Doom, Gloom and Reality

Discussion in 'B&W: Film, Paper, Chemistry' started by Ian Grant, May 27, 2005.

  1. Ian Grant

    Ian Grant Subscriber

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    With Agfa's new problems, Forte producing on an ad-hoc basis when they have sufficient orders paid for upfront. it's time to be realistic.

    The whole photographic film & paper market is in the middle of massive downsizing particularly in professional markets and particularly B&W.

    Agfa's problems are little to do with the B&W market, more to do with competing with Kodak, Noritsu and particularly Fuji in the highly lucretive photfinishing market supplying Minilabs and associated paper and chemistry. I know from experience here in the UK that Fuji are particularly aggresive in marketing and tying up exclusive minilab/paper/chemistry deals.

    Forte must be having problems with their work force as they aren't in full time production, and their administrators don't appear to have yet made a decision about their long term re-structuring and future.

    Ilford however stated quite clearly after their management buy out that they expected the B&W market to shrink a little further before levelling out and stabilising sometime around about 2006

    We should remember that other companies also have spare capacity and Kentmere have entered the US market actually increasing their range to meet demand. Foma and EFKE are also looking to maintain production, and there are plants in Russia & China which I know companies like Fotoimpex are investigating.

    So if Agfa went completely, or Forte ceased production there's plenty of companies who can fill their place in the market with the products we require.

    It should also be remembered that we are all able to obtain a far greater variety of film & paper types compared to 20 or 30 years ago.

    So it's time for reality to kick in there is over capacity so manufactures will go and our suppliers to become more resourceful in finding alternative manufacturers.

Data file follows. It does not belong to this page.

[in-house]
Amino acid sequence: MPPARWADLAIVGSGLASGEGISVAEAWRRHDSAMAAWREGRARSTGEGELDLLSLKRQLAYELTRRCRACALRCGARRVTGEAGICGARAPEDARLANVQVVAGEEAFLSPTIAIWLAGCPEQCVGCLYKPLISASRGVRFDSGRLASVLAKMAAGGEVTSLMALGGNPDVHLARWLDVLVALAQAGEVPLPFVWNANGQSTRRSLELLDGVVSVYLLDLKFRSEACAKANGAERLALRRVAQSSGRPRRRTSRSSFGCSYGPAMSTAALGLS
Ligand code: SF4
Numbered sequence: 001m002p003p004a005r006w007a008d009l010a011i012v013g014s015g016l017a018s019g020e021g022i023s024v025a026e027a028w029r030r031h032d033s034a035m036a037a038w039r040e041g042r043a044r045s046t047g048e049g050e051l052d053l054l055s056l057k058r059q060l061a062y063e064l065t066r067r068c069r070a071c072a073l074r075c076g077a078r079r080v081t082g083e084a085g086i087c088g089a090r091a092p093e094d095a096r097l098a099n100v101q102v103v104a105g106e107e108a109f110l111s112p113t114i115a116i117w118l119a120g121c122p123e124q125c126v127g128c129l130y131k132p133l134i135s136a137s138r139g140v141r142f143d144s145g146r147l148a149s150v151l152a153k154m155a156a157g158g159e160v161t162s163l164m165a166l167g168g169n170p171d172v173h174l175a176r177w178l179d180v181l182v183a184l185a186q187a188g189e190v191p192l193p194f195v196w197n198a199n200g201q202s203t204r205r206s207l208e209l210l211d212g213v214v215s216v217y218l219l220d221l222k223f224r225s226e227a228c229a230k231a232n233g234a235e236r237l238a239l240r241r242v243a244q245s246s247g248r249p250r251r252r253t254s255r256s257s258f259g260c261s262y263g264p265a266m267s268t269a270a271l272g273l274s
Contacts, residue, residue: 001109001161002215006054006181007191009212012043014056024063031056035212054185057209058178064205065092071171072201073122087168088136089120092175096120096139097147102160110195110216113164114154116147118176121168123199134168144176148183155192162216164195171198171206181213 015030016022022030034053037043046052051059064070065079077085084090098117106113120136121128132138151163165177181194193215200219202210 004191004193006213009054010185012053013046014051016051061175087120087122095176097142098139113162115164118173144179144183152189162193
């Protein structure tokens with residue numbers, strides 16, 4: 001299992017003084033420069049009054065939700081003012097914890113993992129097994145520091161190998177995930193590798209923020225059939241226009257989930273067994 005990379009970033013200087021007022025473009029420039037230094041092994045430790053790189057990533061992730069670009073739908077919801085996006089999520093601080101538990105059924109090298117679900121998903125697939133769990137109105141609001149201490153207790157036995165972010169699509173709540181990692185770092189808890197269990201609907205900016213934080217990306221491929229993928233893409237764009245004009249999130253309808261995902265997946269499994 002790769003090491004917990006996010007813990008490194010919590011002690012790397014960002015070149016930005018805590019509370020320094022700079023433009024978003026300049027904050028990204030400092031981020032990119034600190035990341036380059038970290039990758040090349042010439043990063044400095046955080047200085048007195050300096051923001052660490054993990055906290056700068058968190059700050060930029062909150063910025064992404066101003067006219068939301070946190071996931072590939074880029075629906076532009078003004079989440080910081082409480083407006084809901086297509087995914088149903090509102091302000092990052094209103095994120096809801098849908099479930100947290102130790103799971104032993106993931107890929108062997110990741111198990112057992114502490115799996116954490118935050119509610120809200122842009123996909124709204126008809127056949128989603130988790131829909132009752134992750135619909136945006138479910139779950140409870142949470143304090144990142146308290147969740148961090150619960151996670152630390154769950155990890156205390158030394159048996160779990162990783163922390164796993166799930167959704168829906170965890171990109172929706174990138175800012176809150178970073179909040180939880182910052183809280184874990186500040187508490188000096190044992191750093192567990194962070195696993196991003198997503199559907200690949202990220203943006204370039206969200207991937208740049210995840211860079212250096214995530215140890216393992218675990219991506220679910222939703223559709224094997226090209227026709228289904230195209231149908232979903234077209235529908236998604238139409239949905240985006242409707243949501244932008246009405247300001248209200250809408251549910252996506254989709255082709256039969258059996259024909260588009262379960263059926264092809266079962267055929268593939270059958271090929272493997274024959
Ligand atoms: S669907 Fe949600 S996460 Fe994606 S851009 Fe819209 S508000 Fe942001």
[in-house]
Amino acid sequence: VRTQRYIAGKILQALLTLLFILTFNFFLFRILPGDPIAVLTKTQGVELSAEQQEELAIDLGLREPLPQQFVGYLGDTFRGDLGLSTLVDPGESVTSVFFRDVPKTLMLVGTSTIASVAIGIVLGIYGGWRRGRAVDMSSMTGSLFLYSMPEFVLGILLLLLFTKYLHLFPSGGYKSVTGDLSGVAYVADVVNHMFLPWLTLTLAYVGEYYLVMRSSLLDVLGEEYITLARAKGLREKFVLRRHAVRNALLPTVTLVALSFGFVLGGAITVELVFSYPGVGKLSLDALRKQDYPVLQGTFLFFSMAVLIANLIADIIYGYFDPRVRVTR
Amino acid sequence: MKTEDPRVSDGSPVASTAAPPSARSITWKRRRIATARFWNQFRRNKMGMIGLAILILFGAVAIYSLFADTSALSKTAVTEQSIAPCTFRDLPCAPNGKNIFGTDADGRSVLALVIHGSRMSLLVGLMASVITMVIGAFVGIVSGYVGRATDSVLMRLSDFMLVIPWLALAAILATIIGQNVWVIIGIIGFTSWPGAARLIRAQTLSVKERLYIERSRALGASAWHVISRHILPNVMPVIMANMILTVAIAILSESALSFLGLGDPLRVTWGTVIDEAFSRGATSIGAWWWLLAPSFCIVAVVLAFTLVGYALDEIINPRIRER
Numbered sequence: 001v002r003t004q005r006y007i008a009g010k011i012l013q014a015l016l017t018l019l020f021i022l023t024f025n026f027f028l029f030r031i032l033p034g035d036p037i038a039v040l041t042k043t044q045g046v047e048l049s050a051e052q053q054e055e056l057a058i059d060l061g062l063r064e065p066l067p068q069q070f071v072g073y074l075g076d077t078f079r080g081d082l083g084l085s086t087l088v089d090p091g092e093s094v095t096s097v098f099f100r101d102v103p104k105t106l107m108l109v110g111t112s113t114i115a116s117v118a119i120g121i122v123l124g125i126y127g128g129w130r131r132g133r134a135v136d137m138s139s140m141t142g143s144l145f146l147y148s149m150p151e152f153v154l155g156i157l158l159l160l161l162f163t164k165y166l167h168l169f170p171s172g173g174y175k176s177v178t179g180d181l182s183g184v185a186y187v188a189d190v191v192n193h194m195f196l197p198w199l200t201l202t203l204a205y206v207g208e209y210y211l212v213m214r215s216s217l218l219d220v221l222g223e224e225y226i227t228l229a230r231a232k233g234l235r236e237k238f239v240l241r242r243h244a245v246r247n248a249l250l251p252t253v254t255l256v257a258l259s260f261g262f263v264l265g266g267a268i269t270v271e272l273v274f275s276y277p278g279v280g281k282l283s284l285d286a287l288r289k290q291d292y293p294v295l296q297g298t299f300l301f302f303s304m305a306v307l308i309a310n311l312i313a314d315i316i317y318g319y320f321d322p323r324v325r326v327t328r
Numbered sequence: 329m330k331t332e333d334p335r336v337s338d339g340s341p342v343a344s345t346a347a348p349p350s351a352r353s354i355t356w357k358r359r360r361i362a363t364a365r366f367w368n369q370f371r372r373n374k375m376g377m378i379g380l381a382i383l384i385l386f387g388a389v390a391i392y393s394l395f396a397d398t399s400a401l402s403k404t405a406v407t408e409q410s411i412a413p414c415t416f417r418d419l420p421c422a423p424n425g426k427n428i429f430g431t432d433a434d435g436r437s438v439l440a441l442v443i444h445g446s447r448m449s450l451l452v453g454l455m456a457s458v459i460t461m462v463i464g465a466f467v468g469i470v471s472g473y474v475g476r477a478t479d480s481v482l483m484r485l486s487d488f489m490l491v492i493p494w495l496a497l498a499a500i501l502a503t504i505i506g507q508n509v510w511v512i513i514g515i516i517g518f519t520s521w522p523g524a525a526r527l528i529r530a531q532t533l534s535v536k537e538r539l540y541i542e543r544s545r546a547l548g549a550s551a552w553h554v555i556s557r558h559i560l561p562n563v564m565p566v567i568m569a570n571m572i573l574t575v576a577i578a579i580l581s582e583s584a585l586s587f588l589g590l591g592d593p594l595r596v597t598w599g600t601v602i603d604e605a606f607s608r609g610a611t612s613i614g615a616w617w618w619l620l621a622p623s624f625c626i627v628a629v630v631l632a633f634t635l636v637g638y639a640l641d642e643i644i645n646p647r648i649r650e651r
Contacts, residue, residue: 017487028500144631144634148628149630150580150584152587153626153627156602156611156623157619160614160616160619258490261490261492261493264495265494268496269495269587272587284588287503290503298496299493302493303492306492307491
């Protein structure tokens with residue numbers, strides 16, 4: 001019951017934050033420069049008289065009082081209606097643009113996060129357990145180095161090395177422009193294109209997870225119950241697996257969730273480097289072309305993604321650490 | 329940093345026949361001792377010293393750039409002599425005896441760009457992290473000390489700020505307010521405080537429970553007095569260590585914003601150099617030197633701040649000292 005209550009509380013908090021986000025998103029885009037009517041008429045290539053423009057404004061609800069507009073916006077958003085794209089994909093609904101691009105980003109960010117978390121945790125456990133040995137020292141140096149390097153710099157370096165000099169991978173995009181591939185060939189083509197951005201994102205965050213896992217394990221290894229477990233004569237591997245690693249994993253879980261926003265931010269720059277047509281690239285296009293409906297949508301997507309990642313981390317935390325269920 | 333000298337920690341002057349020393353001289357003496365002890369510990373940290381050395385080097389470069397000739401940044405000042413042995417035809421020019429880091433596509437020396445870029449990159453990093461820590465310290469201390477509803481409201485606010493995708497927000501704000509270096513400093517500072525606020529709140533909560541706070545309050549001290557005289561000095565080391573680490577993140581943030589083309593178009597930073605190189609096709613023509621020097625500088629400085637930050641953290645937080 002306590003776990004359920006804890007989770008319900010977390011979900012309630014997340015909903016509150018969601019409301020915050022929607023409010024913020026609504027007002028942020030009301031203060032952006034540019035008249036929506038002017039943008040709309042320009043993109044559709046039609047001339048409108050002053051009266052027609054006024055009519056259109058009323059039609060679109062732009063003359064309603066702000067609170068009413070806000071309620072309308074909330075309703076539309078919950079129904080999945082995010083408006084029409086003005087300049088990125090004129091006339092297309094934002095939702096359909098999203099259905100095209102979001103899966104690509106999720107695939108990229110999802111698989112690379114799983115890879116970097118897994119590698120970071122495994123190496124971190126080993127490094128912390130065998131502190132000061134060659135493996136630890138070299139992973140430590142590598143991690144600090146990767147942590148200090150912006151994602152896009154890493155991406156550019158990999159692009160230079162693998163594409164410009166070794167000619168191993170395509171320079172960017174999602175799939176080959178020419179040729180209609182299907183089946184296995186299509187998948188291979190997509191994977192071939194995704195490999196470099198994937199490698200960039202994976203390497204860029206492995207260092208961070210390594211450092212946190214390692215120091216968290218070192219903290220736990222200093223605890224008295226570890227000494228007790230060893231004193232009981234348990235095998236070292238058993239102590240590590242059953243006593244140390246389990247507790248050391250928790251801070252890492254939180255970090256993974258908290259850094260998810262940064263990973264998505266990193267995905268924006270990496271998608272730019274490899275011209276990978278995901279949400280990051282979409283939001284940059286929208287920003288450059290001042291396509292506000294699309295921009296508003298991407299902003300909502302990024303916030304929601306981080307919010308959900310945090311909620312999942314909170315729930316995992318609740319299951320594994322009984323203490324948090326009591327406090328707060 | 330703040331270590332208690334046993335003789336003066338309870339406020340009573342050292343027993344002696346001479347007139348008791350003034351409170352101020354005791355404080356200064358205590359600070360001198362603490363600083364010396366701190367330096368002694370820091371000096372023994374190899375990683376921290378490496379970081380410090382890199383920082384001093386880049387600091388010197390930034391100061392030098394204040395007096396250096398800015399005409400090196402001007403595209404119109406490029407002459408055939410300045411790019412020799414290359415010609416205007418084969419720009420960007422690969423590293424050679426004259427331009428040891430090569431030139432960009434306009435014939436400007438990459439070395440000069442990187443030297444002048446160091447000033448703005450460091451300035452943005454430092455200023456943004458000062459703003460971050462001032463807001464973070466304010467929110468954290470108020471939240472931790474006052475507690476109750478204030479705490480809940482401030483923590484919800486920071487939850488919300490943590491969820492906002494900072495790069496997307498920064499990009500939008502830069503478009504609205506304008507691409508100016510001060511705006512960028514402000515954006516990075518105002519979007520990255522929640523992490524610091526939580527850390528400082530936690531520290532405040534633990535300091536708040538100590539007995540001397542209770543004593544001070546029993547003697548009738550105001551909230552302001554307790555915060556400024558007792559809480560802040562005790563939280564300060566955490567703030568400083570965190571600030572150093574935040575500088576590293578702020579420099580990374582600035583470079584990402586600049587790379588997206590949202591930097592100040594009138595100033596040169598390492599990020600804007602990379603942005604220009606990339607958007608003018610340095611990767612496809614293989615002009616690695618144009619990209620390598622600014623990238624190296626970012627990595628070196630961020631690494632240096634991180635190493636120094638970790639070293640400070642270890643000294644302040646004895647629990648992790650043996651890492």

Ian
     
  2. Eric Rose

    Eric Rose Subscriber

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    I'm with you Ian. Life goes on. Heck they still make bias-ply tires.
     
  3. arigram

    arigram Member

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    Well said Ian. My thoughts exactly put to words.
     
  4. aldevo

    aldevo Member

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    Well, regarding your first point - that's just specualation. I'd say a more plausible explanation than workforce problems is that the administrators aren't securing sufficient funds to continue production at full song.

    Ilford? Let's be realistic. What else would the management say to secure funds for a buyout? They're going to try to walk a fine line between having to guarantee their investors immediate return on investment and not painting a "doom and gloom" picture.

    AgfaPhoto, however, was a shock. I would have expected that they would have secured substantial seed funding from Agfa as the formation of AgfaPhoto would have spared Agfa substantial charges in having to lay off their film unit's work force. That they did not secure siginificant funding or that they burned it off in such a short timeframe is very distressing.